As it was still some hours away from lunch time, the crab was briefly "inspected" to make sure any remaining gunks were cleaned and washed off, placed on a plate, into a Ziploc, then into the refrigerator it went (do not keep a dead crab unattended for a couple of hours as it will start to lose its freshness and turn bad).

Time for lunch!
1.Get the crab out from the refrigerator and prepare the wok for steaming
2.Fill the wok with water for steaming, start boiling the water
3.When the water in the wok starts to boil, place the crab in steaming position into the wok

4.Steam, covered for 15-20 mins. Within this time, the crab turns from purple-brown to bright orange, and then, time to eat!

There are completely NO REGRETS! Steaming is still the best way to enjoy dungeness crab, IMHO. Very flavorful, since you don't lose much of the juices through the other boiling method. A dish, simply done yet so super-tasty, super-delicious, words can describe. And what's better, you could have this cooked dish for less than $10!

I'm now more confident to handle this unfamiliar creature. Till the next time a crab sees you, it'll be in different fashion.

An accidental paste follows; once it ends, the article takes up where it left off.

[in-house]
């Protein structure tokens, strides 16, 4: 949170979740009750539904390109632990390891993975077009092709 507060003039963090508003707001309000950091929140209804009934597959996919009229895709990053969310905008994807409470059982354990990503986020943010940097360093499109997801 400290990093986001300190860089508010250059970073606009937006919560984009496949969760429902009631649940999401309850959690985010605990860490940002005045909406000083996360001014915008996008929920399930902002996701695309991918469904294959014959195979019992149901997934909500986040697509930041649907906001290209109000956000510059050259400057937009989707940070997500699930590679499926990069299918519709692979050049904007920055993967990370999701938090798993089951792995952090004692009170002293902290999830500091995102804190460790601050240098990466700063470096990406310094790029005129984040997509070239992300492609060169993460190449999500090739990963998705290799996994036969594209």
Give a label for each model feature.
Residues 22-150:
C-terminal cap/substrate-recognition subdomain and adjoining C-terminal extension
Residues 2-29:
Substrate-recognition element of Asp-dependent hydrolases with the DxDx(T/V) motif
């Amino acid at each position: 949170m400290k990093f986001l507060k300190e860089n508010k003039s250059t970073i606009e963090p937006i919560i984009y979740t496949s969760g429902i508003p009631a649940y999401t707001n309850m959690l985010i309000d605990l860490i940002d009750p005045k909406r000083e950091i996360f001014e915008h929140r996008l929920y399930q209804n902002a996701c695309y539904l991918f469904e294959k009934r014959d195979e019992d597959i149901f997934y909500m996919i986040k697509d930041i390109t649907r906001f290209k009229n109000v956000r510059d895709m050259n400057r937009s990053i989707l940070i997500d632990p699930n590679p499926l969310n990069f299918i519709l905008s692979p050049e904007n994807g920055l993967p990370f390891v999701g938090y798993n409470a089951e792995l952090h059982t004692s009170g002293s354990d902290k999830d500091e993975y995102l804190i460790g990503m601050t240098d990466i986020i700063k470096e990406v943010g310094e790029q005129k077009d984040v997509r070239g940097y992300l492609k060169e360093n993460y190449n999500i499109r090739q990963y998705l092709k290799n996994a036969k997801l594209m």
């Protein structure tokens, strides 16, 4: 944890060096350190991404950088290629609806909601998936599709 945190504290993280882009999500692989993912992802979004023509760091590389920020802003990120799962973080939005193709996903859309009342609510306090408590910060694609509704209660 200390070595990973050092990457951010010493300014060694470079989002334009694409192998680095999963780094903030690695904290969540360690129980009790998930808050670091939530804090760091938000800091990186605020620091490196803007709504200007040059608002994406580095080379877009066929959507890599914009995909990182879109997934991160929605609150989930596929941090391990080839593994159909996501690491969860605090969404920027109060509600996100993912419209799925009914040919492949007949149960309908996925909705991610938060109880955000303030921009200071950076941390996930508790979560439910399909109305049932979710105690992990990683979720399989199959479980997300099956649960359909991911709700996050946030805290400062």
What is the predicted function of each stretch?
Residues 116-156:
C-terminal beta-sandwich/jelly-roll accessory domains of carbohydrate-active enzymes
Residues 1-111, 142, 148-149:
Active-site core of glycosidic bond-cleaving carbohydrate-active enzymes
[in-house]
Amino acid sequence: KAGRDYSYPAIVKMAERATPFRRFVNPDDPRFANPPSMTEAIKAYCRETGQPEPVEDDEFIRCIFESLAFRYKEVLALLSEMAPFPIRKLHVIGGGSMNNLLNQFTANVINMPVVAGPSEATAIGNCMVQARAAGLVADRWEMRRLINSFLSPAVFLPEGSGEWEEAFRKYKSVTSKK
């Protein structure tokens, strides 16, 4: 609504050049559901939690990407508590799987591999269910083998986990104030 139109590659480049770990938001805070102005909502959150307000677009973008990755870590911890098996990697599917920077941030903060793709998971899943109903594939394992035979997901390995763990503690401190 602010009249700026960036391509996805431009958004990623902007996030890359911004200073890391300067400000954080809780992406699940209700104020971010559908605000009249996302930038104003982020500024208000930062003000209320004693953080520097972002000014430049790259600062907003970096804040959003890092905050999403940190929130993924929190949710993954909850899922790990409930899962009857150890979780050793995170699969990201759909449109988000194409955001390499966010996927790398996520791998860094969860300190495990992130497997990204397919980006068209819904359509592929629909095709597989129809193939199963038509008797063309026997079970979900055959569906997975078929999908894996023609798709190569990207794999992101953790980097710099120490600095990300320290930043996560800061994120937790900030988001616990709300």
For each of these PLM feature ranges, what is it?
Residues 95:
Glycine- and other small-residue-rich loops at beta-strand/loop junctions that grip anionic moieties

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Friday, December 08, 2006

Be flexible with satay

But I still want to eat my satay!!!...since I've bought ready-made satay sauce sometime earlier and need some satay in order to start using the sauce.

I know it's weird that I have the sauce first, then think of making satay. Most would have planned to make satay, then think about the sauce.

Chicken satay recipes tend to have different marinade ingredients compared to beef satay. If you feel "beefy" today, try Sim's beef satay recipe. But if you feel "chicky" (or cheeky), give this chicken satay recipe a shot.

Oh, this is what I call being flexible, when I do not have the privilege to own any electric grill or stove-top gridle, and have to use the usual frying pan(just make sure it's shallow and has a large wide surface) to grill my satay. Being flexible with satay, does not mean you flex the skewers while eating your satay. You can if you want to but I guarantee you, it would not make the satay any tastier. And "satay needs to have that "chargrilled" color!!!" Ok, I heard that. Means having that burnt color/texture on the satay that makes it taste somewhat good. On the pan, you can use your kitchen tongs (not THAT thongs...heh) to "exert some pressure" on the satay such that it sizzles twice as much, on contact with the hot pan.

Chicken satay (makes ~25 sticks)
- (~1lb) or 4 chicken thighs or chicken breasts (deboned), cut into strips 2cmx6cm

-2-3tsp curry power (mine contains coriander, cumin, turmeric...the key ingredients in chicken satay marinade)